Fardell’s studies laid the foundation for an understanding of a complex and multi-dimensional industry where a wrinkle at one point in the supply chain can amplify to become a massive financial problem further down the line.

Her colleague, Australian Logistics Council chief operating officer Bianca Wheeler, says she will work with Fardell and Parsons to rebuild and reposition the Council to ensure the views of supply chain industry leaders are more widely heard, especially now the public understands more about the challenges in the field and the hard work needed to smooth over disruptions. “Covid having lifted the lid on supply chain issues, ALC can give those people a voice,” she says.

Website helping women to find a way into logistics industry

Created to encourage women to consider finding work in Australia’s supply chains, the industry-sponsored Wayfinder initiative includes ambassadors ready to engage with school and community groups and a website with a wide-ranging collection of relevant job information including video stories on women working in the field, along with education and career path options.

Featured on the Wayfinder website, Kerry McAleer, head of supply chain baker, deli and seafood at Coles, says that when she joined one of the company’s supply chain teams, she walked into a distribution centre of 300 to 400 hundred men.

“I’ve never seen so many men in all my life; it was a really daunting experience, but once I got to understand it, and understand the impact I could have, it was absolutely brilliant”.

She has found the work challenging, she adds on the video, and ultimately extremely rewarding.

The website also features a career map with 150 roles across 18 sectors in the field, road, rail, stevedoring, air freight, forecasting, optimisation, schedule planning, suitable for a range of work-seekers, from semi-skilled to highly-skilled postgraduates, across all disciplines – mathematics, optimisation, technology, human resources, law and supply chain logistics.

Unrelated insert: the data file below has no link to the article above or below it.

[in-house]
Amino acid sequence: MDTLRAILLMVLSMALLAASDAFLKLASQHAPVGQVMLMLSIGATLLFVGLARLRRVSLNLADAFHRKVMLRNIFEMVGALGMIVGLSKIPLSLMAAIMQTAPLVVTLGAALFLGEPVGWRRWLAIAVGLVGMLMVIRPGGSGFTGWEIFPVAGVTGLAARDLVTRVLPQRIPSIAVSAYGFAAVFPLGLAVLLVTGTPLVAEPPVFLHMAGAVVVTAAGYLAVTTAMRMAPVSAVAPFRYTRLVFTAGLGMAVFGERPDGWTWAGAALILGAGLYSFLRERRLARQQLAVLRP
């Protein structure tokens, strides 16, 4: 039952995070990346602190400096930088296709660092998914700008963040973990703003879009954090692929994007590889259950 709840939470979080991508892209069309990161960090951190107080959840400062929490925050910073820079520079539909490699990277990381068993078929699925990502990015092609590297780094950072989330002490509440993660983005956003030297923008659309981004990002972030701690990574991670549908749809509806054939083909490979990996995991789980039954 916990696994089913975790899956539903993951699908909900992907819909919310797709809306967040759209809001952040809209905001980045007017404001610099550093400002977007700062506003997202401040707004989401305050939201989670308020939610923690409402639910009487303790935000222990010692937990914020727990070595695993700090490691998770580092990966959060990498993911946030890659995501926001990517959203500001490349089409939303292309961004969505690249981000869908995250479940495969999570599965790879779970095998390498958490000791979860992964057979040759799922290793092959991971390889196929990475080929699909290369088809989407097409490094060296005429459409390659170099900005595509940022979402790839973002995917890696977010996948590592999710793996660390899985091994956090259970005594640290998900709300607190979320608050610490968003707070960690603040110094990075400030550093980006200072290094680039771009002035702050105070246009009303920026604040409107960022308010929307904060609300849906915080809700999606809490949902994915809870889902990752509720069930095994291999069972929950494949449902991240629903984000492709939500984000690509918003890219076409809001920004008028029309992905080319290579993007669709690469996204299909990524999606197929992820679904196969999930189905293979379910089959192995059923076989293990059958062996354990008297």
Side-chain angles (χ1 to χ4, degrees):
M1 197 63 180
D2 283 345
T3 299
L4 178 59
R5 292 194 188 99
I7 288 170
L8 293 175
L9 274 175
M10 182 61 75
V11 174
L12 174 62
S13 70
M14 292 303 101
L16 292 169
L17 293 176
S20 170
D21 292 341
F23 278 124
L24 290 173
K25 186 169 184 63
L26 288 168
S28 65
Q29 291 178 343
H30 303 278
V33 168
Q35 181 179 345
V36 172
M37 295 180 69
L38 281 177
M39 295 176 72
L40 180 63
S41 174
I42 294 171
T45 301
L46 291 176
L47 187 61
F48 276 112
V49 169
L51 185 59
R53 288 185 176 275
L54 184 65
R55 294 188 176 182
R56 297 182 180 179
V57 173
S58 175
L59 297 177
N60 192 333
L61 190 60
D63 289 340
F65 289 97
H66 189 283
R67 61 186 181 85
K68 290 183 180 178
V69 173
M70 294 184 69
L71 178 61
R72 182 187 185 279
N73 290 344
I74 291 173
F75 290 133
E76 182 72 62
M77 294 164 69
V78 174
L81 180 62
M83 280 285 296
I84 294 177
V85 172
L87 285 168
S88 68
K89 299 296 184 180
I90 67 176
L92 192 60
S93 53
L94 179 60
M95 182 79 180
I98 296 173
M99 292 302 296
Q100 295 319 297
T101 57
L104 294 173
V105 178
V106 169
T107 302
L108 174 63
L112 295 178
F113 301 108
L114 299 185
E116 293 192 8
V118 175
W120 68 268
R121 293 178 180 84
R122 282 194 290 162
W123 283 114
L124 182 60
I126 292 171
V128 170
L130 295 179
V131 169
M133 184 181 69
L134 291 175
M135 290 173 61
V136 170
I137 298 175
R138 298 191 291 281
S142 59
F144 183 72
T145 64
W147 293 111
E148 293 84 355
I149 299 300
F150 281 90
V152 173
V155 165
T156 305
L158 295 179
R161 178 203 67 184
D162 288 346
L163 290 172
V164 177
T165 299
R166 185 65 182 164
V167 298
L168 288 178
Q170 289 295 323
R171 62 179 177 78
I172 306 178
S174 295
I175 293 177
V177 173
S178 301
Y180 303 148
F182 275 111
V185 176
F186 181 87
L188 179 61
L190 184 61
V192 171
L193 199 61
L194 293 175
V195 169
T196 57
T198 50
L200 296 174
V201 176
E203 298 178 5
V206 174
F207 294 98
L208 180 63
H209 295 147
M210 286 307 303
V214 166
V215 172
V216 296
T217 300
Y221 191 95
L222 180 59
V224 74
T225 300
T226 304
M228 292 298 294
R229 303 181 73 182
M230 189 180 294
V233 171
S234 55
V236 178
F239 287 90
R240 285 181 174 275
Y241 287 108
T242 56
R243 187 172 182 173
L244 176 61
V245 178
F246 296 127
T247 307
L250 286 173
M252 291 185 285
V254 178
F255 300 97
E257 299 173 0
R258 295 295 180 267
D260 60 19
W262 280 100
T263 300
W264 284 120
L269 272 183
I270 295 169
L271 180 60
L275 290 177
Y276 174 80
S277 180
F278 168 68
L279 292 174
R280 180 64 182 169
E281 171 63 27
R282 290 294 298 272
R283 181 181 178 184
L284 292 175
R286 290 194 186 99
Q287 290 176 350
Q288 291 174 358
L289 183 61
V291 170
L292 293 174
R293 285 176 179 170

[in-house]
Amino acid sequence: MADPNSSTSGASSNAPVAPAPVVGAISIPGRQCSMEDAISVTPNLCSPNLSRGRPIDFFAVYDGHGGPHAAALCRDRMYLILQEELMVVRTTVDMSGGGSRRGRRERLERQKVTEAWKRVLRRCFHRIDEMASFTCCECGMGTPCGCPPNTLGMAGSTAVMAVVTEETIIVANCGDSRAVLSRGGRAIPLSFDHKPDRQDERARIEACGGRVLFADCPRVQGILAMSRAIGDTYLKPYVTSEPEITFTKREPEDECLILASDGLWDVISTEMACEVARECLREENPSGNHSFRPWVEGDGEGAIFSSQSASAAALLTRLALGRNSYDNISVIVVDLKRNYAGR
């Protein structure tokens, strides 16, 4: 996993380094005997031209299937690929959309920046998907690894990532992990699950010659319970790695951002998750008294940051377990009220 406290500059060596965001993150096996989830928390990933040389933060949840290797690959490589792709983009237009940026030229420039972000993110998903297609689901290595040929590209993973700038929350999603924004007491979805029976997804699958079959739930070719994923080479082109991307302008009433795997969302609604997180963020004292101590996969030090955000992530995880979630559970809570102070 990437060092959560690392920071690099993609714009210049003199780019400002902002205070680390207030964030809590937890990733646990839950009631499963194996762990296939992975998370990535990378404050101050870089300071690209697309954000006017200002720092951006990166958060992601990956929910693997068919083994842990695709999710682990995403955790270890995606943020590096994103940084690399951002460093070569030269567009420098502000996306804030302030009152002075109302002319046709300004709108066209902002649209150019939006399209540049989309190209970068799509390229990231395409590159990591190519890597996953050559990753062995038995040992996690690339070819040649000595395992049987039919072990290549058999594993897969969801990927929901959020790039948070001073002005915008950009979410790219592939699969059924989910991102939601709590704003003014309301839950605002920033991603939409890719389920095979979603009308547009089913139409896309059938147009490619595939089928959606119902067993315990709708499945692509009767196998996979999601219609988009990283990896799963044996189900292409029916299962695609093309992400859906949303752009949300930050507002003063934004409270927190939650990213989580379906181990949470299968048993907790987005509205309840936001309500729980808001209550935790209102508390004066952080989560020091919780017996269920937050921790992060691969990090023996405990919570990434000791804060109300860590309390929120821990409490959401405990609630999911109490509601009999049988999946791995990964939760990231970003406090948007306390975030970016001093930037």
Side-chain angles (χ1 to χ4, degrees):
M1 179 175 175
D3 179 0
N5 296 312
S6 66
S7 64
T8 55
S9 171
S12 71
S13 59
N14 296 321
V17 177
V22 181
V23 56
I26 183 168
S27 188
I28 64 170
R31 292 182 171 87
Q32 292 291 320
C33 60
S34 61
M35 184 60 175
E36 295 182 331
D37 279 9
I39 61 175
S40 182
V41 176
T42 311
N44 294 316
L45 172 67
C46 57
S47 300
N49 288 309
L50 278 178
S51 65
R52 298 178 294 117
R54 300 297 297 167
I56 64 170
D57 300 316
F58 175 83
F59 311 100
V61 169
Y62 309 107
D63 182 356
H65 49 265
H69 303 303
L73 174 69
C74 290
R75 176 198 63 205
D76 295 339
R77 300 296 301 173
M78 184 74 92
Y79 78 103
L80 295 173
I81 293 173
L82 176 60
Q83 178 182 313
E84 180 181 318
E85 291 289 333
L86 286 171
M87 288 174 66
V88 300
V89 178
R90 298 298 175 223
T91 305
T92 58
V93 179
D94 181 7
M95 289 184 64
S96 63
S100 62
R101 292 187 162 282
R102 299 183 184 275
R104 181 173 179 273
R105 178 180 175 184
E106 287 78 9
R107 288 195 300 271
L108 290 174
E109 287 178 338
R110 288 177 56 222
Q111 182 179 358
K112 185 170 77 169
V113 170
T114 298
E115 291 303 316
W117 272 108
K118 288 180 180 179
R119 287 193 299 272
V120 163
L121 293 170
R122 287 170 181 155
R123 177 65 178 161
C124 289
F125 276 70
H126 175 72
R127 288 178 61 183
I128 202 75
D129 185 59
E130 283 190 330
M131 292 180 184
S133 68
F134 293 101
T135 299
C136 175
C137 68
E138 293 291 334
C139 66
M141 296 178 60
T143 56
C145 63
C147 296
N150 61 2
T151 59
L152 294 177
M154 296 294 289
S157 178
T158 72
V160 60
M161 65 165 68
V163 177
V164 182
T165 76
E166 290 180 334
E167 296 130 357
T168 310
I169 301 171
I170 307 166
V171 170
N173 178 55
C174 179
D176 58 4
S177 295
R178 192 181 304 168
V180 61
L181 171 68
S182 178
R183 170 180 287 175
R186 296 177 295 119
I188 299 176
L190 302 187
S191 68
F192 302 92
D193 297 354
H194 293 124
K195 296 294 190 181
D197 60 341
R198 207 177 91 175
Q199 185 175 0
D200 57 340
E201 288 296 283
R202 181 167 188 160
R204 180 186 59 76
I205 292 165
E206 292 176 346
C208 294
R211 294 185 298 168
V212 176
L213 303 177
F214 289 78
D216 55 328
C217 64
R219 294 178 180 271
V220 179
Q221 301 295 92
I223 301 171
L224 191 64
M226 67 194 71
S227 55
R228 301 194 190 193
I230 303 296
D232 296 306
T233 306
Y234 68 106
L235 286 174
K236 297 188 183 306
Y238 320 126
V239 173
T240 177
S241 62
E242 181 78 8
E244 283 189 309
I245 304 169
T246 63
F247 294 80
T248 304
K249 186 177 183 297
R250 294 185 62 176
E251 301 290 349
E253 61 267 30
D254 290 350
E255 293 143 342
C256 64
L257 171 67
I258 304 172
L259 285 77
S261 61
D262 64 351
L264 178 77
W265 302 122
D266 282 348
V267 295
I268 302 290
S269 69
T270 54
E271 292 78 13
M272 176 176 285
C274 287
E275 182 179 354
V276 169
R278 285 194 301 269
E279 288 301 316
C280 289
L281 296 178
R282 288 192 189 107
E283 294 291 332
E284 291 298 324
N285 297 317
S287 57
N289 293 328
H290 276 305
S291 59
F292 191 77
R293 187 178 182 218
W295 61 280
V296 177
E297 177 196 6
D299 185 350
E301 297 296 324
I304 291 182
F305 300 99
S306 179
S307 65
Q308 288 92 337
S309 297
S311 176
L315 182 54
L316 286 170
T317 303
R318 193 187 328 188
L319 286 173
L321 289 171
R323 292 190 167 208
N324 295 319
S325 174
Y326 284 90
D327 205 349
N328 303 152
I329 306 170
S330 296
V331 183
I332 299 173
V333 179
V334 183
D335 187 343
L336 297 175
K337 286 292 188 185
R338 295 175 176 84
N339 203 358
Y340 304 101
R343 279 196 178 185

The map provides data on various aspects of the positions. It sets out education qualifications and experience, potential salaries, key responsibilities, skills required, career pathways and study possibilities across a network of 28 universities and colleges, linking all the courses to each of the jobs. Co-founded five years ago by the Australian Logistics Council’s CEO, Hermione Parsons, Wayfinder was designed to address the talent shortage in Australian supply chains.

“We’re working hard with the companies,” Parsons says. “It’s all company-sponsored, not government sponsored. It’s industries working on this issue together.”

The career map, she adds, is thoroughly researched and peer-reviewed to encourage a broader view of the supply chain field.

“We were trying to change the picture,” Parsons says. “People think supply chain and they think a truck driver. That is only one of the 150 roles we have in our map. So we’re expanding people’s understanding of their own industry and expanding the community and the government’s understanding of this complex and extremely interesting area.”

The Australian